Wilfried Lentz Rotterdam is proud to host a group show of three important Dutch conceptual artists from the ‘70s:
Douwe Jan Bakker, Krijn Giezen and Hans de Vries.
The exhibition will take place on the 4th floor of the gallery and is part of a larger programme involving thematic presentations of these artists’ work throughout the fall and winter of 2016. The series will also include short-span solo shows in the main gallery space by contemporary artists with similar mentalities and attitudes.
The opening will take place on Thursday, September 8th between 4 – 8 pm in conjunction with Vlatka Horvat’s solo show in the main space of the gallery. The show runs until January 29th, 2016 with new arrangements during the course of the exhibition. Our opening coincides with the openings at A Tale of a Tub and Witte de With, and a shuttle bus will run between both venues.
The gallery is open Friday – Sunday 1-6 pm and by appointment.
For further information and visuals, please contact the gallery:
firstname.lastname@example.org or +31 (0)10 4126459
Click here to download Press Release as PDF
Bakker, Giezen and de Vries share an artistic approach characterised by a conscious and close relationship to their environment. They were all deeply inspired by nature and daily reality. It was for these reasons that they were brought together (along with a fourth artist, Sjoerd Buisman) as the Dutch entry to the Venice Biennial in 1978 in the presentation ‘Nature Art’.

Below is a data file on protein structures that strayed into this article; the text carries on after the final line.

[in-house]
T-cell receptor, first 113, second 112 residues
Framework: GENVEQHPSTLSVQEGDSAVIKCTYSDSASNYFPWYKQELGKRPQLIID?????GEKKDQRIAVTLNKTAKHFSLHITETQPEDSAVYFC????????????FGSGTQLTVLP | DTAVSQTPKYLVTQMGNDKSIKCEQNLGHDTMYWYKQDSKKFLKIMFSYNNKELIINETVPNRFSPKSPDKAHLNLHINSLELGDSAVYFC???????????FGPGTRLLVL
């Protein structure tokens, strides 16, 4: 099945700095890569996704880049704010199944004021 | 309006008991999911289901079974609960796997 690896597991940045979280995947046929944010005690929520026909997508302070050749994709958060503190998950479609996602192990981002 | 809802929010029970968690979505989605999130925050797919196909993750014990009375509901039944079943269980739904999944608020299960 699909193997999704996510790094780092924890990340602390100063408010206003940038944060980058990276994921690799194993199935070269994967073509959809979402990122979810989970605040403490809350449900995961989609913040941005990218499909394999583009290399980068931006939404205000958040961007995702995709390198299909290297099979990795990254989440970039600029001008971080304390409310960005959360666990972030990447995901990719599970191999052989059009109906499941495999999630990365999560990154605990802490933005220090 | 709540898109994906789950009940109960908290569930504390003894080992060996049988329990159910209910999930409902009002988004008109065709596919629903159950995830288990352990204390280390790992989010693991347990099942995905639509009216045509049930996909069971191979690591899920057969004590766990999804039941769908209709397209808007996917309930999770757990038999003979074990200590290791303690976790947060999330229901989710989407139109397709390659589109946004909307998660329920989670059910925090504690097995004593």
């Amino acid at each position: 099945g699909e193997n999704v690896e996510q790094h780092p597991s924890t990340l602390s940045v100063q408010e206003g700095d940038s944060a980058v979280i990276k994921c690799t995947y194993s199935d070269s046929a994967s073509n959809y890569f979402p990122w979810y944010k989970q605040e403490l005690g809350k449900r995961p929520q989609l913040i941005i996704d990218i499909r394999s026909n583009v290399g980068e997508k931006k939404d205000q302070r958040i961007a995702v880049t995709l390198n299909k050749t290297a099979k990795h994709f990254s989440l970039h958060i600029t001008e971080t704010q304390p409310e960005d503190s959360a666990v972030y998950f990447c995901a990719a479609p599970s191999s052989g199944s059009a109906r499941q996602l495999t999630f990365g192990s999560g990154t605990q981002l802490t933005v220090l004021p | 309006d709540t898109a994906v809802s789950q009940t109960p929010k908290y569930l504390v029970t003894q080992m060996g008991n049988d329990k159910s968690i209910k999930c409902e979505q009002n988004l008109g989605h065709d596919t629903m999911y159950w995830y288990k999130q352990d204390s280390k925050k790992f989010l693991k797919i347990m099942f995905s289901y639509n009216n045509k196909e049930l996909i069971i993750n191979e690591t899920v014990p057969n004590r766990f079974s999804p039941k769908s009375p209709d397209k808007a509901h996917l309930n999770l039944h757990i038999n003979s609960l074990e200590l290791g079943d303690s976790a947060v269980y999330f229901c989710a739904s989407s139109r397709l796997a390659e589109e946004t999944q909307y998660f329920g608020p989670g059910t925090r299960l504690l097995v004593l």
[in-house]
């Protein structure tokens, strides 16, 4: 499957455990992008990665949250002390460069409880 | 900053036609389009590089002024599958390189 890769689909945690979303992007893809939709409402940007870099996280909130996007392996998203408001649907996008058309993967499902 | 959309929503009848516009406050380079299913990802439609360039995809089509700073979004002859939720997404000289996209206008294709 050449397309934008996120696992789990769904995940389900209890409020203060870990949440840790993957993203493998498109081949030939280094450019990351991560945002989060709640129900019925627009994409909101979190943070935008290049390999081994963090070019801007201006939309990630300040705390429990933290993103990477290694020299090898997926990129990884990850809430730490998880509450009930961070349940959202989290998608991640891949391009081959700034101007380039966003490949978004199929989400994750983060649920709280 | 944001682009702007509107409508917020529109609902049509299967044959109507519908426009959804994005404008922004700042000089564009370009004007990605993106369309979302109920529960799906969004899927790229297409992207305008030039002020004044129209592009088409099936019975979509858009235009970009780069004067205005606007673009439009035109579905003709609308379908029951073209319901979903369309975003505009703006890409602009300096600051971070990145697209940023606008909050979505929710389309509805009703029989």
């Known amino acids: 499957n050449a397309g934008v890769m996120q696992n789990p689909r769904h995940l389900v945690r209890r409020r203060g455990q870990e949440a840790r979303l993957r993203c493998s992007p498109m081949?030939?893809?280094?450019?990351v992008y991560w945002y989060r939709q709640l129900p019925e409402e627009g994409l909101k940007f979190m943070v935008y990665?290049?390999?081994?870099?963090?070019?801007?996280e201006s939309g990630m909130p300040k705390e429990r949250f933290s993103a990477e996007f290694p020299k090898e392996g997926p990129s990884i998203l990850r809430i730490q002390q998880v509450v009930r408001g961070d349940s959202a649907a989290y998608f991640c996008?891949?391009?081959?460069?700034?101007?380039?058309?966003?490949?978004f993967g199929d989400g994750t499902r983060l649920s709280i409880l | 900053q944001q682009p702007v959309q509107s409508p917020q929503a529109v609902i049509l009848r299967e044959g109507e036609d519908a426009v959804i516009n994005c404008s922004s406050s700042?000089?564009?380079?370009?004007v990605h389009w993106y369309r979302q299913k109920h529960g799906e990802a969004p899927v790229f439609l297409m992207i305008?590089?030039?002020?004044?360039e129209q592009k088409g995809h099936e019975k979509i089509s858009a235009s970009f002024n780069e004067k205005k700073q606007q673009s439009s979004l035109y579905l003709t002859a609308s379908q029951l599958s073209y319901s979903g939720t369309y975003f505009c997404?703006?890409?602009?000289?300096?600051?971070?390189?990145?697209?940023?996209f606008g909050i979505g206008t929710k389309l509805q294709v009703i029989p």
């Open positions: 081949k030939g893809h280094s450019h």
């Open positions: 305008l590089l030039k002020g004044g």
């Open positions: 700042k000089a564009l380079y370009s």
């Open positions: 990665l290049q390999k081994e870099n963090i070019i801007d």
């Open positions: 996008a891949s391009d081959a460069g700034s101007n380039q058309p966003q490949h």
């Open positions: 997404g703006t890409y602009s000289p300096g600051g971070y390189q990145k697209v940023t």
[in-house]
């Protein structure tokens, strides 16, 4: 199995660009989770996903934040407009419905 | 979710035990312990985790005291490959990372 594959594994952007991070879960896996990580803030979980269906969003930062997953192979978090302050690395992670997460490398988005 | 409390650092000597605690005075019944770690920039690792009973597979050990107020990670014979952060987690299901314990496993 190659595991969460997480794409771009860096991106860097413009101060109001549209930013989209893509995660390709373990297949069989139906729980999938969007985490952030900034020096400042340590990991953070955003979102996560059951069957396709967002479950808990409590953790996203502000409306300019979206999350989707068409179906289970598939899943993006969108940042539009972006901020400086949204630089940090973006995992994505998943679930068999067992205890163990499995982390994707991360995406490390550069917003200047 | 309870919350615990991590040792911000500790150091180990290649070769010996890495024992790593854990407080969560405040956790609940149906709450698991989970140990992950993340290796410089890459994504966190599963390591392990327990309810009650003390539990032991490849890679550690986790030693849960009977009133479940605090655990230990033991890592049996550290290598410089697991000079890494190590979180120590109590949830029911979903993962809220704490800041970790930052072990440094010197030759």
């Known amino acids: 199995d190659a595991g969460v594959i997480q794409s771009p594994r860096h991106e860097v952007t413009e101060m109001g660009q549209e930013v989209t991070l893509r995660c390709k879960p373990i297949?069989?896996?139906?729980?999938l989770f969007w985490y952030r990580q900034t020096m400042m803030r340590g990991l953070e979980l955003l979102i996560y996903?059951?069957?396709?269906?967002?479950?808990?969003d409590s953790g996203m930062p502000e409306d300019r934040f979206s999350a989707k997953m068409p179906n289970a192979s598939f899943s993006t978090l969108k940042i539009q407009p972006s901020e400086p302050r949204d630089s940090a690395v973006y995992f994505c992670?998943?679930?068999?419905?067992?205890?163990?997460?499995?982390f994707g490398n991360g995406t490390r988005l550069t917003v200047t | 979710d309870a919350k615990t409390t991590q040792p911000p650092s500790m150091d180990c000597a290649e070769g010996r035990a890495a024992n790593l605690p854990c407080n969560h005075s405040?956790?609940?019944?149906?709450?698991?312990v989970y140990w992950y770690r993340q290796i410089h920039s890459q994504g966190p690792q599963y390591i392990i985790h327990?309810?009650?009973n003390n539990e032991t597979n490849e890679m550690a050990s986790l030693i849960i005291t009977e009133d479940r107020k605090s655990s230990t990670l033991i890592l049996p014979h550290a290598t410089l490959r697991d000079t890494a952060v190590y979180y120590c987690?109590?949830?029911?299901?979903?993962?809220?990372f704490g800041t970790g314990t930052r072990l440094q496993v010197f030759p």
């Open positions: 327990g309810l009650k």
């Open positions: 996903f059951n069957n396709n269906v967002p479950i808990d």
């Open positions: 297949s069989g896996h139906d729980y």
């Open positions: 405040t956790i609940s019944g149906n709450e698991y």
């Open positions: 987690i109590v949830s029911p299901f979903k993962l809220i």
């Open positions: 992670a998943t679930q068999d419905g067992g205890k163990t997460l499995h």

In the ‘60s and ’70s, the political attitude in the Western world was becoming more critical towards the ideology that viewed nature as an inexhaustible source of energy, food, spectacle and beauty. The declarations of the Club of Rome, the rise of the Provos and the hippie movement were a response to new and highly complex relationships between man and nature, which were all too often treated light-heartedly by politicians and industry. To cite the catalogue of the 1978 Dutch entry: ‘…..an attitude to life of this kind makes it clear that the threat to nature runs parallel to a neglect of culture’.
The visual arts responded in an archaic way by recording and measuring the day-to-day changes in nature, witnessing and registering the world’s inherent beauty through a combination of notations and photography, and using prosaic methods for making instruments, building furniture and harvesting food. This was seen as a counteraction to industrialised society. Their art was anti-commodity, aiming at inclusion and commitment and showing a back-to-basics, hands-on mentality.
We would like to specially thank:
Janneko en Hans Peen-Giezen, Stroom Den Haag, Kunstverein Amsterdam, Lily van Ginneken and Jan Wijle.